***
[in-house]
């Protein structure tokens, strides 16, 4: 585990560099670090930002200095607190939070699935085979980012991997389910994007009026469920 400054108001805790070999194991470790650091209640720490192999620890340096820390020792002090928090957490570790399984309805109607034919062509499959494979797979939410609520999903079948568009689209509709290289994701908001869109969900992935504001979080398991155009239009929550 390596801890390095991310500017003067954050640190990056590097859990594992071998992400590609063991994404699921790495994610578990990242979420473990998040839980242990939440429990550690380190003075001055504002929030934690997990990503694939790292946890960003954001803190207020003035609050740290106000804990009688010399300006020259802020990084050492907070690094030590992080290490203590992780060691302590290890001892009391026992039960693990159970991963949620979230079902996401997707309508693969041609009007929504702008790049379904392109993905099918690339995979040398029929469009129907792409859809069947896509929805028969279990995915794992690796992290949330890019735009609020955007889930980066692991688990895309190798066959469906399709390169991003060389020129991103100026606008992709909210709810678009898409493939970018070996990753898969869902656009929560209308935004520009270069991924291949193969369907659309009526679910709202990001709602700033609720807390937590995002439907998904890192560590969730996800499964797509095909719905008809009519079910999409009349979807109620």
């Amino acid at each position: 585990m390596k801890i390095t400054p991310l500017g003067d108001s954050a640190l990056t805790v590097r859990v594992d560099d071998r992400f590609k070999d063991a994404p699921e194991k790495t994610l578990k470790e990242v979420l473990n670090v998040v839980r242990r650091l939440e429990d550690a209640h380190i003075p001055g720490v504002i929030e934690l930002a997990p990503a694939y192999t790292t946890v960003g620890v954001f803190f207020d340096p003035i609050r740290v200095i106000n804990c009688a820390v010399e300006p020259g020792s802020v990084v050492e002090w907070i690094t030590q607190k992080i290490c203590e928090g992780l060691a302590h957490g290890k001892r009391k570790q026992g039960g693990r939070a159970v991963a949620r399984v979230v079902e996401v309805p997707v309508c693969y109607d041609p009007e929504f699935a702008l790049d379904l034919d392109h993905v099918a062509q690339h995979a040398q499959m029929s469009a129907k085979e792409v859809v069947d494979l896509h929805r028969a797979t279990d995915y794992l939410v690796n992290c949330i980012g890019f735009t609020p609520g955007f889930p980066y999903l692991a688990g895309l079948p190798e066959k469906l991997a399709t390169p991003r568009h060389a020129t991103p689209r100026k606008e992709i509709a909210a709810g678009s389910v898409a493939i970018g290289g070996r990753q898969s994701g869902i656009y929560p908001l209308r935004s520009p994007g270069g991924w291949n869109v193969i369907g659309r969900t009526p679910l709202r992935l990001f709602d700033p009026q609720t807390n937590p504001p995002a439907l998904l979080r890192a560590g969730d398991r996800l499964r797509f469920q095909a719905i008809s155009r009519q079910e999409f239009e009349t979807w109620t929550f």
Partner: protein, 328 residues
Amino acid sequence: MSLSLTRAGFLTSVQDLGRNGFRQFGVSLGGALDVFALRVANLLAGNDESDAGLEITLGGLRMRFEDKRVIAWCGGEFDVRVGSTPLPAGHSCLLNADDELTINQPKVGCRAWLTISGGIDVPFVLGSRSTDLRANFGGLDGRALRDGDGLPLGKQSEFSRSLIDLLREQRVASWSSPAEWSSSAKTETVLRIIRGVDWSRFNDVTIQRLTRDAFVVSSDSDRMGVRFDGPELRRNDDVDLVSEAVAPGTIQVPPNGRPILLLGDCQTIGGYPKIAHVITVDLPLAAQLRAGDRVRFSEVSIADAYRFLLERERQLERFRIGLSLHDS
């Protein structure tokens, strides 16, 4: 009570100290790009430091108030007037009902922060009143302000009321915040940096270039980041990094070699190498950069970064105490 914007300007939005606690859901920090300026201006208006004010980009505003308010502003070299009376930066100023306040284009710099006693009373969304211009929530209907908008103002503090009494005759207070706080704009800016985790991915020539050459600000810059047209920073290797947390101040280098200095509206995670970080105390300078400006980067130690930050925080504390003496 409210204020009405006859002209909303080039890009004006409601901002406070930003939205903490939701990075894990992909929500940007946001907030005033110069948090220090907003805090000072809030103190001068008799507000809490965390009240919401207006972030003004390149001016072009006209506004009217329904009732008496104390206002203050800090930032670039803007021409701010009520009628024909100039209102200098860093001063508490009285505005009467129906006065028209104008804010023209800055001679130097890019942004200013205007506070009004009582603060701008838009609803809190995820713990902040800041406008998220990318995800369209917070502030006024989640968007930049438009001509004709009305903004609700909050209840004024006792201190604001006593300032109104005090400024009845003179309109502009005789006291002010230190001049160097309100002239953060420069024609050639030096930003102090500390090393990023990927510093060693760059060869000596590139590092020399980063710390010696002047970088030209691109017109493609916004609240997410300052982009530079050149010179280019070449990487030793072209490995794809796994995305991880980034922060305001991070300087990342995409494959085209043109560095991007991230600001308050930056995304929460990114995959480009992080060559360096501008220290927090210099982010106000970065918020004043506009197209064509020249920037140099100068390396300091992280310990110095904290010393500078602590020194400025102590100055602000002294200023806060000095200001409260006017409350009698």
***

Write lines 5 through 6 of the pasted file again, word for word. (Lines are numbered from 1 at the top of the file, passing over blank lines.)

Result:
Amino acid sequence: MSLSLTRAGFLTSVQDLGRNGFRQFGVSLGGALDVFALRVANLLAGNDESDAGLEITLGGLRMRFEDKRVIAWCGGEFDVRVGSTPLPAGHSCLLNADDELTINQPKVGCRAWLTISGGIDVPFVLGSRSTDLRANFGGLDGRALRDGDGLPLGKQSEFSRSLIDLLREQRVASWSSPAEWSSSAKTETVLRIIRGVDWSRFNDVTIQRLTRDAFVVSSDSDRMGVRFDGPELRRNDDVDLVSEAVAPGTIQVPPNGRPILLLGDCQTIGGYPKIAHVITVDLPLAAQLRAGDRVRFSEVSIADAYRFLLERERQLERFRIGLSLHDS
């Protein structure tokens, strides 16, 4: 009570100290790009430091108030007037009902922060009143302000009321915040940096270039980041990094070699190498950069970064105490 914007300007939005606690859901920090300026201006208006004010980009505003308010502003070299009376930066100023306040284009710099006693009373969304211009929530209907908008103002503090009494005759207070706080704009800016985790991915020539050459600000810059047209920073290797947390101040280098200095509206995670970080105390300078400006980067130690930050925080504390003496 409210204020009405006859002209909303080039890009004006409601901002406070930003939205903490939701990075894990992909929500940007946001907030005033110069948090220090907003805090000072809030103190001068008799507000809490965390009240919401207006972030003004390149001016072009006209506004009217329904009732008496104390206002203050800090930032670039803007021409701010009520009628024909100039209102200098860093001063508490009285505005009467129906006065028209104008804010023209800055001679130097890019942004200013205007506070009004009582603060701008838009609803809190995820713990902040800041406008998220990318995800369209917070502030006024989640968007930049438009001509004709009305903004609700909050209840004024006792201190604001006593300032109104005090400024009845003179309109502009005789006291002010230190001049160097309100002239953060420069024609050639030096930003102090500390090393990023990927510093060693760059060869000596590139590092020399980063710390010696002047970088030209691109017109493609916004609240997410300052982009530079050149010179280019070449990487030793072209490995794809796994995305991880980034922060305001991070300087990342995409494959085209043109560095991007991230600001308050930056995304929460990114995959480009992080060559360096501008220290927090210099982010106000970065918020004043506009197209064509020249920037140099100068390396300091992280310990110095904290010393500078602590020194400025102590100055602000002294200023806060000095200001409260006017409350009698």